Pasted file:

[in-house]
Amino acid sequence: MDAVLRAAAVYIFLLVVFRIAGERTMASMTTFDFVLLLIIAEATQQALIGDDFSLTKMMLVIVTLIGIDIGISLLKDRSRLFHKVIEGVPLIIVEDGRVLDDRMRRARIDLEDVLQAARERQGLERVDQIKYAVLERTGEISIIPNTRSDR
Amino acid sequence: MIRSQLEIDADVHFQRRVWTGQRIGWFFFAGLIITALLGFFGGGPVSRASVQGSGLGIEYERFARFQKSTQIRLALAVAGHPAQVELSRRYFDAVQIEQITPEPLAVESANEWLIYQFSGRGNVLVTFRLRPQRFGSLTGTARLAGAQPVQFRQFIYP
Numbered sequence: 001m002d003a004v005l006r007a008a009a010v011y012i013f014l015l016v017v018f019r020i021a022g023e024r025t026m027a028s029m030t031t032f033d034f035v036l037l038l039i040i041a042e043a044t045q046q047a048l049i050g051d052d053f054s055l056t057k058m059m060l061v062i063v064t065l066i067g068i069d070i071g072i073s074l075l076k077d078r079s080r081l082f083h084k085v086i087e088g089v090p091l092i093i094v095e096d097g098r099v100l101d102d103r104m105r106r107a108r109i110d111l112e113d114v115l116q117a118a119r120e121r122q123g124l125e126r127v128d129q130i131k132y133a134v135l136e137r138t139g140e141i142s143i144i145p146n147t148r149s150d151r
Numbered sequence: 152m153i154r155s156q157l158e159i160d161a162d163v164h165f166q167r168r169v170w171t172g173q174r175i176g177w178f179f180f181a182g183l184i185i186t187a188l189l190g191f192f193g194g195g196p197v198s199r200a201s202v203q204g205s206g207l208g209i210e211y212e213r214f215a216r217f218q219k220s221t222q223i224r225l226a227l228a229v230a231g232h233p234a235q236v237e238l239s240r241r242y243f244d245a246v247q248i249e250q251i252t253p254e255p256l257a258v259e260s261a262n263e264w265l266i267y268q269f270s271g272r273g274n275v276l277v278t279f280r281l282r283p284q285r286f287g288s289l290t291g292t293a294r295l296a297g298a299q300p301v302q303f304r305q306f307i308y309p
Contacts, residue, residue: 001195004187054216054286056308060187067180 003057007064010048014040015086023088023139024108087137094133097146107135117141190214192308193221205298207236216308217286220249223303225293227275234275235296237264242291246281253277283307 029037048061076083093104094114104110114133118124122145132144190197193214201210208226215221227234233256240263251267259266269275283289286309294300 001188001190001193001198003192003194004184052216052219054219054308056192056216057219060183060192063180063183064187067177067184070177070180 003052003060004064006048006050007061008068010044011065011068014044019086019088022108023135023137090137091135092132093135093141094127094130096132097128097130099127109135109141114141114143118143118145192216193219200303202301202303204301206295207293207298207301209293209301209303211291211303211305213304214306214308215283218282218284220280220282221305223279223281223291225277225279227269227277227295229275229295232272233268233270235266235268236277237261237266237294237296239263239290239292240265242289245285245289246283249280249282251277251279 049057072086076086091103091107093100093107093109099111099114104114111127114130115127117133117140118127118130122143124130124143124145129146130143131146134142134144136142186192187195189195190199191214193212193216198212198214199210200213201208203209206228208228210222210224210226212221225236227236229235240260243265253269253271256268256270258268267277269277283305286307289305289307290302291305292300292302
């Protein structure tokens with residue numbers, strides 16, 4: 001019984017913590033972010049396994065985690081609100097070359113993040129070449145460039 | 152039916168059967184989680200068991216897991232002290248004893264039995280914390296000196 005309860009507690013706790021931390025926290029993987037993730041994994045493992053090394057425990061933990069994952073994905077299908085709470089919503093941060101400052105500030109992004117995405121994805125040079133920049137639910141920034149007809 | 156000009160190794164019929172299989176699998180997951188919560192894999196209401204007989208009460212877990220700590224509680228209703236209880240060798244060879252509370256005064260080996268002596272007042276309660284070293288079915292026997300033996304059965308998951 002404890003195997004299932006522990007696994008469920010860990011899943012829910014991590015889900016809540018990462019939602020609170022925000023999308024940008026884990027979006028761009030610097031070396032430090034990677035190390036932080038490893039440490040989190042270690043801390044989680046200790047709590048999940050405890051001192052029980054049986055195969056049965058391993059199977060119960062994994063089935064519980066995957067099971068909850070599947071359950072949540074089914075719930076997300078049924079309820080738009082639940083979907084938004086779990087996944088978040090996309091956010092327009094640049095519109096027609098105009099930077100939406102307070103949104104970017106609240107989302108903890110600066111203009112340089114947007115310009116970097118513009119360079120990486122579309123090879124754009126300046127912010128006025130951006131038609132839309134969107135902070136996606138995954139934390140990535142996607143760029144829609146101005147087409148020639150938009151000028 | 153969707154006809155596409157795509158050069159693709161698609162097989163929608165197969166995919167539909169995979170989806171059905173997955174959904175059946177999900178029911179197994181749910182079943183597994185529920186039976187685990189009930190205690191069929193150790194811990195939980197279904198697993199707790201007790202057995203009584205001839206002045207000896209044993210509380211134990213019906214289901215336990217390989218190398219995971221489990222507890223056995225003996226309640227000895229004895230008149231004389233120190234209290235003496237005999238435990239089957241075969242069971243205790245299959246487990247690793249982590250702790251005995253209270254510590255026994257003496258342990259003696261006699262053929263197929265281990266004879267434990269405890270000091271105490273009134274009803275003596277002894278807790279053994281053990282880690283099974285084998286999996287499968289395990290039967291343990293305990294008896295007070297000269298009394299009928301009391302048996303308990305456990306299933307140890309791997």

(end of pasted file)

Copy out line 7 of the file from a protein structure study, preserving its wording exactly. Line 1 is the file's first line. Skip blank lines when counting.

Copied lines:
């Protein structure tokens with residue numbers, strides 16, 4: 001019984017913590033972010049396994065985690081609100097070359113993040129070449145460039 | 152039916168059967184989680200068991216897991232002290248004893264039995280914390296000196 005309860009507690013706790021931390025926290029993987037993730041994994045493992053090394057425990061933990069994952073994905077299908085709470089919503093941060101400052105500030109992004117995405121994805125040079133920049137639910141920034149007809 | 156000009160190794164019929172299989176699998180997951188919560192894999196209401204007989208009460212877990220700590224509680228209703236209880240060798244060879252509370256005064260080996268002596272007042276309660284070293288079915292026997300033996304059965308998951 002404890003195997004299932006522990007696994008469920010860990011899943012829910014991590015889900016809540018990462019939602020609170022925000023999308024940008026884990027979006028761009030610097031070396032430090034990677035190390036932080038490893039440490040989190042270690043801390044989680046200790047709590048999940050405890051001192052029980054049986055195969056049965058391993059199977060119960062994994063089935064519980066995957067099971068909850070599947071359950072949540074089914075719930076997300078049924079309820080738009082639940083979907084938004086779990087996944088978040090996309091956010092327009094640049095519109096027609098105009099930077100939406102307070103949104104970017106609240107989302108903890110600066111203009112340089114947007115310009116970097118513009119360079120990486122579309123090879124754009126300046127912010128006025130951006131038609132839309134969107135902070136996606138995954139934390140990535142996607143760029144829609146101005147087409148020639150938009151000028 | 153969707154006809155596409157795509158050069159693709161698609162097989163929608165197969166995919167539909169995979170989806171059905173997955174959904175059946177999900178029911179197994181749910182079943183597994185529920186039976187685990189009930190205690191069929193150790194811990195939980197279904198697993199707790201007790202057995203009584205001839206002045207000896209044993210509380211134990213019906214289901215336990217390989218190398219995971221489990222507890223056995225003996226309640227000895229004895230008149231004389233120190234209290235003496237005999238435990239089957241075969242069971243205790245299959246487990247690793249982590250702790251005995253209270254510590255026994257003496258342990259003696261006699262053929263197929265281990266004879267434990269405890270000091271105490273009134274009803275003596277002894278807790279053994281053990282880690283099974285084998286999996287499968289395990290039967291343990293305990294008896295007070297000269298009394299009928301009391302048996303308990305456990306299933307140890309791997």